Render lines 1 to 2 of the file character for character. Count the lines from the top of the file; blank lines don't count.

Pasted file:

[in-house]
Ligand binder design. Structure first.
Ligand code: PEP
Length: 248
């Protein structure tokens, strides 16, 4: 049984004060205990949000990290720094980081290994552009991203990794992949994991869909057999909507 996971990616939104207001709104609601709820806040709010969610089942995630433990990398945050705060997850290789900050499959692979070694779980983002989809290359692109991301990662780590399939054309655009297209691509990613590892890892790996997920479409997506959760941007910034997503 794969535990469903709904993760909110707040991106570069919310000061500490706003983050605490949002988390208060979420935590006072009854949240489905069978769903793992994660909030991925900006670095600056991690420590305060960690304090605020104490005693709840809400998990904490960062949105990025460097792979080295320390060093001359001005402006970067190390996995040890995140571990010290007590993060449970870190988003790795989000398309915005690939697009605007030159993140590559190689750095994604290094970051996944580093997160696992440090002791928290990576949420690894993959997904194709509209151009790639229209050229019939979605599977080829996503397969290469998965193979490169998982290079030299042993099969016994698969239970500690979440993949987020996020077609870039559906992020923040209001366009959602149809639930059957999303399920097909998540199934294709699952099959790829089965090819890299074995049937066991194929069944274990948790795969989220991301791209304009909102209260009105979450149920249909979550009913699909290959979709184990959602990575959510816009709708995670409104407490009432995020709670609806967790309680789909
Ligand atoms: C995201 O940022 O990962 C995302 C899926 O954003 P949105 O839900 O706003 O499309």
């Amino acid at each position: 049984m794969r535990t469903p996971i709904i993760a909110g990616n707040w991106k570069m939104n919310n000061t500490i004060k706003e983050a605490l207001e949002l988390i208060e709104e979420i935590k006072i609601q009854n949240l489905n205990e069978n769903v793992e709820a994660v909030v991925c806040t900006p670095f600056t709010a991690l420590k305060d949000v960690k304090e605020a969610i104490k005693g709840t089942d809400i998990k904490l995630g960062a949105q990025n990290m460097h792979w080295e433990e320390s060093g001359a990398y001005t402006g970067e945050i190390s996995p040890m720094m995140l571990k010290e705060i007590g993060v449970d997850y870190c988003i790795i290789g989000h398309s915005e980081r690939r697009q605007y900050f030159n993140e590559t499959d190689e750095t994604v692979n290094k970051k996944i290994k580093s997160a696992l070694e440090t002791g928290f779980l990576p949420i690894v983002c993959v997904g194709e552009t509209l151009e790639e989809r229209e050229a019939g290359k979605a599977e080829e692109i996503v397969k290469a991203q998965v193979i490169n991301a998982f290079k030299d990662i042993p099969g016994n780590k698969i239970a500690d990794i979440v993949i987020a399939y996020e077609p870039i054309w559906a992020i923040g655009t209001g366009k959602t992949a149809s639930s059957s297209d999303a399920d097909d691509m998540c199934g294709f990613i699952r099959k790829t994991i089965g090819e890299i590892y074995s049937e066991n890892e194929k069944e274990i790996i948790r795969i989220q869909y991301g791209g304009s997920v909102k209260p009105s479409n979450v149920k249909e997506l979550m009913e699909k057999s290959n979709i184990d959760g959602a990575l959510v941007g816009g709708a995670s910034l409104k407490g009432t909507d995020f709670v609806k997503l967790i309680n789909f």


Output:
[in-house]
Ligand binder design. Structure first.